In seeking to bring every aspect of view in Bodyboarding, we have an interview from one of the legends of the sport and all-round waterman in every sense of the word. If you are a young grom and perhaps for some reason have not heard of Kainoa, I would suggest you research your BB history and realise the depth of history behind this man.
Kainoa has used reference to certain riding efforts as 'gay' - this is used in its generic sense is no dis against those of varied personal preferences.
Personally I would like to express massive appreciation for the great amount of time Kainoa has spent on the phone to bring this impactful, and what will be controversial, interview together. Read it a couple of times, there has been massive effort in the wording by Kainoa to encompass the massive passion he has and lives and communicate that to us.
It is time for BB to become stronger in every sense and it is in the spirit of this sense that the following interview is presented (all emphases and capitals are by Kainoa).
Presenting Hawaiian waterman Kainoa McGee:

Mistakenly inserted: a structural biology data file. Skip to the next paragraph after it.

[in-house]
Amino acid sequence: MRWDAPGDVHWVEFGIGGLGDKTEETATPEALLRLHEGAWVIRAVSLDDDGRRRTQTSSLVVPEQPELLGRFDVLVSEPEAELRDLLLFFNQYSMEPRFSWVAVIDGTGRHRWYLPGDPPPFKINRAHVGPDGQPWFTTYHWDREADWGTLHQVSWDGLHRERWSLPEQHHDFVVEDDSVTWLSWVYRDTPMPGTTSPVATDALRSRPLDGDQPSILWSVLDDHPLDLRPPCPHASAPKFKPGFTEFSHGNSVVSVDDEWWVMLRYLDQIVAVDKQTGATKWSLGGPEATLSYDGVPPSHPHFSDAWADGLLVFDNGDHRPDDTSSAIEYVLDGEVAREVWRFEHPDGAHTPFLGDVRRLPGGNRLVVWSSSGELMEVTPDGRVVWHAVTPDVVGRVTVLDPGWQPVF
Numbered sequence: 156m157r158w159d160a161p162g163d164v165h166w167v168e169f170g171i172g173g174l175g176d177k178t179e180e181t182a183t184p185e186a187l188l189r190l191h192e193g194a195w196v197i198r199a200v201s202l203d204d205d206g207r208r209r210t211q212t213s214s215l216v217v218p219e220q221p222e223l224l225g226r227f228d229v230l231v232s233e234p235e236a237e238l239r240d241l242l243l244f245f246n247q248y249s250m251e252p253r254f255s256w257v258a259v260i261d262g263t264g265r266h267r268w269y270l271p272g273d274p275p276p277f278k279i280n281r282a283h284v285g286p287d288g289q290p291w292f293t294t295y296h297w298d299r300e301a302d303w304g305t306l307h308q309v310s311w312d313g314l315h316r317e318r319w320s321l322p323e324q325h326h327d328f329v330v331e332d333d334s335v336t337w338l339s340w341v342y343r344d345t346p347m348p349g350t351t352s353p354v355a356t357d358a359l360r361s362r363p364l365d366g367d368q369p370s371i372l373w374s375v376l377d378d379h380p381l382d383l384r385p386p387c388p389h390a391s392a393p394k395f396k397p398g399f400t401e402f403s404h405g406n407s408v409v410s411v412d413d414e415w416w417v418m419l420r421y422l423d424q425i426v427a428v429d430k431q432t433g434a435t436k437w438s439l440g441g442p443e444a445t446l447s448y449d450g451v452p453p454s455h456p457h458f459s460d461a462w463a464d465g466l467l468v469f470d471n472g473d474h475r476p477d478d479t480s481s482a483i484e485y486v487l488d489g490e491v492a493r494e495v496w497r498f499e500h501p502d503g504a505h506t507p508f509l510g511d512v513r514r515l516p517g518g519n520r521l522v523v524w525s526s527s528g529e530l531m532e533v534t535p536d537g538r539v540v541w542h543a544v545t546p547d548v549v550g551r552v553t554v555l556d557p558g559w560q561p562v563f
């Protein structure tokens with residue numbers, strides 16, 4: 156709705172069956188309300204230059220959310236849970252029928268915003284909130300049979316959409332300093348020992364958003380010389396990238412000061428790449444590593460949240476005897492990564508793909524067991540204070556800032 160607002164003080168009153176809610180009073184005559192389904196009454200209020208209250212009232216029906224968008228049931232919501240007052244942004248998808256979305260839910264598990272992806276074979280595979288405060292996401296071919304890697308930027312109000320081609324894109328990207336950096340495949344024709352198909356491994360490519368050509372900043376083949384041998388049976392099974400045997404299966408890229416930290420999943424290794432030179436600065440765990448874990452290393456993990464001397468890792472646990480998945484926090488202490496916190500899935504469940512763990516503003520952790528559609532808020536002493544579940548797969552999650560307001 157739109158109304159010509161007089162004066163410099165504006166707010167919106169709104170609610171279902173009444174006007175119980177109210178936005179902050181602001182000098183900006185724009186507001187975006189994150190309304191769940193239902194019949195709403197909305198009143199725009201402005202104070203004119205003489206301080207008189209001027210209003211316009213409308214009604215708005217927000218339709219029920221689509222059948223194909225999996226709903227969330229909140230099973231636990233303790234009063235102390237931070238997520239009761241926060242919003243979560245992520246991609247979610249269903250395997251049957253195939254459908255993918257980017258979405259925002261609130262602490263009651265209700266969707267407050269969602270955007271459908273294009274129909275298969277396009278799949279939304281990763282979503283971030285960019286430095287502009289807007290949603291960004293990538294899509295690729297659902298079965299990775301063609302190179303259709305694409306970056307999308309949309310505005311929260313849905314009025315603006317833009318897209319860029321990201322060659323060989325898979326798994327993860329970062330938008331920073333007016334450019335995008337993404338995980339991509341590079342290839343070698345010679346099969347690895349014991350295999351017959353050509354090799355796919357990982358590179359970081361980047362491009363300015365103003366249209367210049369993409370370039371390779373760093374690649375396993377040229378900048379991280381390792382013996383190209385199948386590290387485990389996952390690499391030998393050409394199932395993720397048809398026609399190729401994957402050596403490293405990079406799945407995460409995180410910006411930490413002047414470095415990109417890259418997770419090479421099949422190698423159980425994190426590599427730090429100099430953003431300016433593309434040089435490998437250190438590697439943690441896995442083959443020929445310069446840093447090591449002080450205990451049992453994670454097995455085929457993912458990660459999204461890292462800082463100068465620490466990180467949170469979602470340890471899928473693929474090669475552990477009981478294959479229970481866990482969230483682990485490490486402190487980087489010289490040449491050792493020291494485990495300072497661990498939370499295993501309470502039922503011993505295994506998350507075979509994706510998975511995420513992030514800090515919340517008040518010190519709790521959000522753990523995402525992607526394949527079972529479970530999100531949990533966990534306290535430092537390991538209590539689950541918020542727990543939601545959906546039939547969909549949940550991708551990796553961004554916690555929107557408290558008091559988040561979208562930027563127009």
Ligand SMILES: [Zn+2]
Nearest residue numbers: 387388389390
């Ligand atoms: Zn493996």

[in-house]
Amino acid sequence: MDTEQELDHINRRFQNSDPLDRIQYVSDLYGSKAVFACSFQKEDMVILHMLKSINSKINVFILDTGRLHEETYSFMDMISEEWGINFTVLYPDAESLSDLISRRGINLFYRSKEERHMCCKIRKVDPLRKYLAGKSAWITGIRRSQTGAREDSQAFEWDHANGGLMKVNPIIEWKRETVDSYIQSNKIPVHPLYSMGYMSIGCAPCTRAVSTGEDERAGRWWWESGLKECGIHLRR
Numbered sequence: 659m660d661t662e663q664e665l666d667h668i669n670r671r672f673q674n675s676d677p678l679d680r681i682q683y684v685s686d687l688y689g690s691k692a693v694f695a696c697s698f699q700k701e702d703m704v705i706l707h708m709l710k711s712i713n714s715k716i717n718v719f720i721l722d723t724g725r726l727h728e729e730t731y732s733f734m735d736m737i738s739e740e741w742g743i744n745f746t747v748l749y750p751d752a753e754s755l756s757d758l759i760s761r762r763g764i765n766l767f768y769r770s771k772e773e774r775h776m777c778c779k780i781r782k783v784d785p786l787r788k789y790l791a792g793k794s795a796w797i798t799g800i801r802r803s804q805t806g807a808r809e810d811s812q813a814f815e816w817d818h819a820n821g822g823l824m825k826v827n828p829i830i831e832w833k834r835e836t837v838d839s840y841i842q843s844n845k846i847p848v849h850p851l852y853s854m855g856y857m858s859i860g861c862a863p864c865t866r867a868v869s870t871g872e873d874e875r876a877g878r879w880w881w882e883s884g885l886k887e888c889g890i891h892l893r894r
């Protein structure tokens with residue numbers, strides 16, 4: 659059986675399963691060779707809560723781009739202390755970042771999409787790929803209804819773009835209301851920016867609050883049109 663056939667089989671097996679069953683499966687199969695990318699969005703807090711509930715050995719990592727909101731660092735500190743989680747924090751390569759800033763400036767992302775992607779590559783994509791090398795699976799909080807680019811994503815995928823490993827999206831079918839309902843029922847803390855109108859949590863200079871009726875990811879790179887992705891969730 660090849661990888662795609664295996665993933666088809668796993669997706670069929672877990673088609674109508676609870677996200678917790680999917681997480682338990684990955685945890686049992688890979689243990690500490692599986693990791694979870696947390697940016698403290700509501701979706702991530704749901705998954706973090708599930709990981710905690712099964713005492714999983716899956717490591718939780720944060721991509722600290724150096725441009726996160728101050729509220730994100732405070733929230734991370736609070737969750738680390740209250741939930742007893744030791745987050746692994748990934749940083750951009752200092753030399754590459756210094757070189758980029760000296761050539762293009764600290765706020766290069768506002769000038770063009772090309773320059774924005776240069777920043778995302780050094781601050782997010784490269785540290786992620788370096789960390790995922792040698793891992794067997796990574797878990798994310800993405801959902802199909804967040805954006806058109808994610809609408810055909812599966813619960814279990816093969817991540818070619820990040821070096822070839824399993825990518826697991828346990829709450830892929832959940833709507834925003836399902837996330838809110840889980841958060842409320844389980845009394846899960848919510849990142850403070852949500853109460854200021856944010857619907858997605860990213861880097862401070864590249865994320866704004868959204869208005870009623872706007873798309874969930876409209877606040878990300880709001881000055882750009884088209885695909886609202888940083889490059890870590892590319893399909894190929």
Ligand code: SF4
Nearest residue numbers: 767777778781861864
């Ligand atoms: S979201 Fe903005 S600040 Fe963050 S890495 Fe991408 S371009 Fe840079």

Doc: Hey Kainoa, You're known around the world as an all-round Waterman - Booger, Stand Up Paddleboard (SUP), Bodysurfing and now some pretty solid stick riding. What attracts you to the ocean so strongly? KM: The ocean is my refuge from the world it is the one place that I feel the most comfortable. Regardless of what kind of day I have prior to getting in the ocean it all gets washed away when I get in the ocean and gets re-energized. The one thing that I realized this year more than any other is that PIPELINE is good for my soul. Doc: You're a legend in DK, one of our declared "Statesmen"... Tell us as much as you can about your years on the knee - the initial transition, the rides, the comps, your individual art and style.KM: I've been drop kneeing, or what we called it when I was kid was jack stance, for as long as I can remember. I never separated it from prone riding it's all just bodyboarding. The fact that throughout these past decades or so it's been separated so much is gay to me. I like the fact that there is a DK division because it will push the competitors to DK waves that they would probably prone and helps to push the envelope on the knee. The fact that most drop knee guys or girls enter the quote "prone" contest which is actually an open contest, you can dk, stand up bodyboard or prone in these events if you want to, but they choose to prone so that they can advance that is totally the GAYEST thing that I can think of. I DK as many waves as I can in the open events and still give it everything that I have. DK is a part of what I do but it doesn't define what kind of bodyboarder that I am. I try to be as well rounded as possible but I'm not going to change the way I surf to please the judges or just to advance. Don't get me wrong if the wave that I'm catching determines that I should prone it then I will prone it. But I am definitely not going to prone every wave because it's an open event.Doc: You've gunned up a killer website and now are looking to start your own range of boards - what can you tell us about these rides?KM: First of all I need to give all the props in the world to my boy Robbie Crawford for that sick ass website. Without him there would be no website much less a sick ass one like he's made for me. [b]MUCH MAHALO'S BRUDDAH ROBBIE!!!!!!!!